24 March 2019 | Reading time: 3 minutes
In these uncertain times, many of our clients are looking for answers, insights and solutions to the issues raised by COVID-19.
As businesses prepare for a range of scenarios, including those mandated by Government directives, we considered tenant issues in our previous blog (including lease termination and non-payment of rent).
We now consider other COVID-19 issues facing landlords.
Do I have to keep my building / shopping centre open for tenants?
Compliance with law: Unless the Government mandates closure, you are likely to be required to keep your building open for tenants. If you shut the building on your own accord, there could be issues related to breach of the quiet enjoyment covenant.
Occupational safety: In continuing building operations, landlords who are employers should consider their duty of care to their staff and others (including visitors) to the extent they control parts of premises (eg common areas). Appropriate hygiene policies should be implemented to mitigate the risk of breaching those duties of care.
Will I need to pay compensation to retail tenants if the building / shopping centre is required to close due to COVID-19?
Answer: It depends
Business disturbance: Retail leasing legislation typically includes provisions requiring compensation to be paid to tenants, particularly where the tenant’s access has been substantially inhibited.
Exception for emergency: Most retail leasing legislation however, provides an exception where the landlord is not required to compensate the tenant if the landlord action (ie closing the building) was a reasonable response to an emergency or to comply with a requirement of a relevant authority or law. There are certainly arguments to be made as to whether a global pandemic falls into the definition of an ‘emergency’. Nevertheless, it is clear that where a building / shopping centre is required by a public authority to close, the exception would apply.
Can I force my tenants to keep premises open?
Voluntary closure: If the lease includes an obligation on the tenant to keep the premises open or to actively trade from the premises, a tenant’s decision to voluntarily close its premises due to the spread of COVID-19 may breach this obligation. It is unlikely a court would enforce such a clause (unless in exceptional circumstances), although the landlord may still have a claim for damages.
Government mandated closure: This obligation cannot be enforced where a tenant closes its premises due to a Government directive. This is because leases will most likely also contain a provision requiring a tenant to comply with laws and Government directives. This would likely trump any other conflicting tenant obligation.
Can I close off certain common areas?
Answer: Yes, as long as it is reasonable
Common areas: Most leases will provide that common areas remain under the absolute control of the landlord and give the landlord the right to close off any common area it reasonably considers appropriate to do so. In current circumstances, this may include closing off certain common areas in order to protect tenants and the public due to COVID-19. A court would unlikely deem such actions to be unreasonable. However, this would be fact specific and landlords should still consider whether the extent or duration of closure unreasonably inconveniences the tenant or materially disrupts the tenant’s business operations.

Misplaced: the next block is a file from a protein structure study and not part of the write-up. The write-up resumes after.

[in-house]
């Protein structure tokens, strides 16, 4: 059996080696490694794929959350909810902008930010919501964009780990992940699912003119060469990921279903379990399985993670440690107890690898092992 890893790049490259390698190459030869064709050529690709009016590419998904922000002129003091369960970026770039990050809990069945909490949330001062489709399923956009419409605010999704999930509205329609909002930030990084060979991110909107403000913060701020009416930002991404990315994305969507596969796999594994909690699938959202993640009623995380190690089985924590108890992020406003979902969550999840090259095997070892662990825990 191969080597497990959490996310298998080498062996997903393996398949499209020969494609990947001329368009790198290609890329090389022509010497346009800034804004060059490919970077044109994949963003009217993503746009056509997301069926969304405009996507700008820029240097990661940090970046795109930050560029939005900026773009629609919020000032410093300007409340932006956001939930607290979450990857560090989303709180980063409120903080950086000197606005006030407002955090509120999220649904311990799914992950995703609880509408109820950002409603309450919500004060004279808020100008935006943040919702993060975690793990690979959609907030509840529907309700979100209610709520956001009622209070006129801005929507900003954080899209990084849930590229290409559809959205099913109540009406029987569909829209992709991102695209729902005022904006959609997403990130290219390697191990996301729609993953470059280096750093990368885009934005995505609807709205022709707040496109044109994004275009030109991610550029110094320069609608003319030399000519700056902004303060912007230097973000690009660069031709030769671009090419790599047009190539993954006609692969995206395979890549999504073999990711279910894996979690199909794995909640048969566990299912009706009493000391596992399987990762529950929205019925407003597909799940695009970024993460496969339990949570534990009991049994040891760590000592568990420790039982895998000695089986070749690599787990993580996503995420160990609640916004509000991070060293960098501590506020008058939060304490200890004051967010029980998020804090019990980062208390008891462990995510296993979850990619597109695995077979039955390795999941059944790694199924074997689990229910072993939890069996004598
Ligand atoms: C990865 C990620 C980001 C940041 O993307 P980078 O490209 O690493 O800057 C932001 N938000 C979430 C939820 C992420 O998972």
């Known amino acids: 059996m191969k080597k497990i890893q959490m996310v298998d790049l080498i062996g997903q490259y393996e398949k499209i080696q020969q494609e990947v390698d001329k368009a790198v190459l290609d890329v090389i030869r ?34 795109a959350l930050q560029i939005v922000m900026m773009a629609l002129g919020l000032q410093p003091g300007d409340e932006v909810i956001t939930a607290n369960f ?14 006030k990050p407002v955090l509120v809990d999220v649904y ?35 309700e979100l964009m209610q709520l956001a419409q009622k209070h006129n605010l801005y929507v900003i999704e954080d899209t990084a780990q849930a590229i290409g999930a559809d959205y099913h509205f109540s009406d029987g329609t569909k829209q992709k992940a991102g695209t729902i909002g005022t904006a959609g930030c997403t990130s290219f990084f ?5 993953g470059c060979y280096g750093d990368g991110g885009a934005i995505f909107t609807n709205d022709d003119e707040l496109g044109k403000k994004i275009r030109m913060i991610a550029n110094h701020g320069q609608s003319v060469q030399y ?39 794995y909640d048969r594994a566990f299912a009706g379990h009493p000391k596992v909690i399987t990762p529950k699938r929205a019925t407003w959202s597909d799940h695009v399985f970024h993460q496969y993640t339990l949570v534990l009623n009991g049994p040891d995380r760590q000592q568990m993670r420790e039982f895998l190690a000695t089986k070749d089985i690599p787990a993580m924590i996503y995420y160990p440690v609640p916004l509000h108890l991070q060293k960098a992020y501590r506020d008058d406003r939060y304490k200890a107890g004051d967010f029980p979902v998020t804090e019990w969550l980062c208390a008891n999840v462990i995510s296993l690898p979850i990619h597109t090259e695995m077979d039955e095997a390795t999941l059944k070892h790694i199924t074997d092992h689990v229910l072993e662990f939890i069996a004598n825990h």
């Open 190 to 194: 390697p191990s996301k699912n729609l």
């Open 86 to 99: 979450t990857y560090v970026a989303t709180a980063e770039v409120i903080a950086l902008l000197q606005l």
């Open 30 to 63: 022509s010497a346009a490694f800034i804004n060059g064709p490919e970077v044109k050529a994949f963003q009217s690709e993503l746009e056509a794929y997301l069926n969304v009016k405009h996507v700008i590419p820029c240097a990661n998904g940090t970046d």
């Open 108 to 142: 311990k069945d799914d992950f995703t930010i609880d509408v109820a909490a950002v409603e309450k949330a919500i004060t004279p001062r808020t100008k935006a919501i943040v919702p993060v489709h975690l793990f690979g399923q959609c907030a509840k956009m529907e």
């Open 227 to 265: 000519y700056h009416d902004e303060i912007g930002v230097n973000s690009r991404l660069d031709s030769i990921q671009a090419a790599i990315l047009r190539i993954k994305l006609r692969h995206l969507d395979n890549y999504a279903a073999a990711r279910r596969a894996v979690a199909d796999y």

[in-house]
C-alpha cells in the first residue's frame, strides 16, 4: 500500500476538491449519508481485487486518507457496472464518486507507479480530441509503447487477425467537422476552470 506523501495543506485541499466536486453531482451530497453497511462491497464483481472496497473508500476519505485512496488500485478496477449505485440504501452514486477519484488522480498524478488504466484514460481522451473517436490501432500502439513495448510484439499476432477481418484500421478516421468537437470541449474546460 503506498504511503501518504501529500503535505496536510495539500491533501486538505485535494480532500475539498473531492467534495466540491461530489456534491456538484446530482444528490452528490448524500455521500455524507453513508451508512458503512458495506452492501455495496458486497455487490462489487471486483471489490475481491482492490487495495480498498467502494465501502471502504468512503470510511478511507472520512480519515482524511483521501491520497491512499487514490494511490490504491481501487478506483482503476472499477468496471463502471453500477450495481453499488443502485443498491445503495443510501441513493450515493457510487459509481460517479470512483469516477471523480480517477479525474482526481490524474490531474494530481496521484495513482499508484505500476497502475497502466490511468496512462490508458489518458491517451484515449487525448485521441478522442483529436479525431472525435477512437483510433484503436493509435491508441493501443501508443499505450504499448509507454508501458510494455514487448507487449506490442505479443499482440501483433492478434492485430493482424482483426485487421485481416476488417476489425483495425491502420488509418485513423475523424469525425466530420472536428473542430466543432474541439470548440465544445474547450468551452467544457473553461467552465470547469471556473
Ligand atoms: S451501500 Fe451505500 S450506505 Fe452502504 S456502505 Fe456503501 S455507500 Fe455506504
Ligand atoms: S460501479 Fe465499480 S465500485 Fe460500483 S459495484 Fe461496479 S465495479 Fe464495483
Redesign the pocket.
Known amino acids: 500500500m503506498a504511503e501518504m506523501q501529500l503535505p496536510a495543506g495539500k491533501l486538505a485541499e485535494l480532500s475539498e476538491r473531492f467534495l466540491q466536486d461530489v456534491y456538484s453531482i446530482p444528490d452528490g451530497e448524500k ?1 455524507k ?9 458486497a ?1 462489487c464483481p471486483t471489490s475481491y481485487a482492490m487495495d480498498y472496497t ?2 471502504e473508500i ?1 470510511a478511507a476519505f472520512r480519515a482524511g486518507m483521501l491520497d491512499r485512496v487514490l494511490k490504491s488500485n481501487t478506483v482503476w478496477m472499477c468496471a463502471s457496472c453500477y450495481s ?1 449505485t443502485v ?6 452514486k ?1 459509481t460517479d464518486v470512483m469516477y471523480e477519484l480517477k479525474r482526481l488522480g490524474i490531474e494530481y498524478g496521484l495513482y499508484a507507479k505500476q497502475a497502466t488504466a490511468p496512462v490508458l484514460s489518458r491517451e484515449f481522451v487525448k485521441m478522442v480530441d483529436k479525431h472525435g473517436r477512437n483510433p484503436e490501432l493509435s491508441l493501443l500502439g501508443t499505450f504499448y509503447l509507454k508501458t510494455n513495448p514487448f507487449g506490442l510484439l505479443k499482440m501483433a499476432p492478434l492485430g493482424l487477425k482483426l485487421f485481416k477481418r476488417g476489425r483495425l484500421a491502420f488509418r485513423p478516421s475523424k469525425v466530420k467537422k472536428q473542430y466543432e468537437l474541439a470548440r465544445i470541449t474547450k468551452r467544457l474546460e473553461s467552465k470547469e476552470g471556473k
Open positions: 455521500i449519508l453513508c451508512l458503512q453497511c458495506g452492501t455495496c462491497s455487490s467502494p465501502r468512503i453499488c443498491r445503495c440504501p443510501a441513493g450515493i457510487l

Can I recover the costs of additional cleaning of the premises?
Recovery of outgoings: Leases often require tenants to reimburse landlords for the costs for cleaning the premises. The standard and frequency of cleaning is not usually stipulated in the lease. Therefore, if a landlord considers that additional cleaning is required due to COVID-19, it may increase the standard and/or frequency of cleaning and recover those costs from the tenant as part of outgoings. A tenant may not usually dispute these charges unless the additional cost of doing so is unreasonable.
Review your leases and discuss with your tenants.
The above information is provided on a general basis only. Now more than ever, the specific terms of each lease are critical and should be carefully reviewed by landlords. You should also be aware of the rights tenants have in these circumstances, which we summarised in our recent blog.
Businesses of all sizes (including landlords and tenants) are facing unprecedented uncertainty in light of the outbreak of COVID-19. Bespoke is actively advising clients in relation to the COVID-19 outbreak. Please get in touch if you would like us to provide advice on any of these issues.
For details of all of our COVID-19 tips and updates, visit the Bespoke COVID-19 Hub.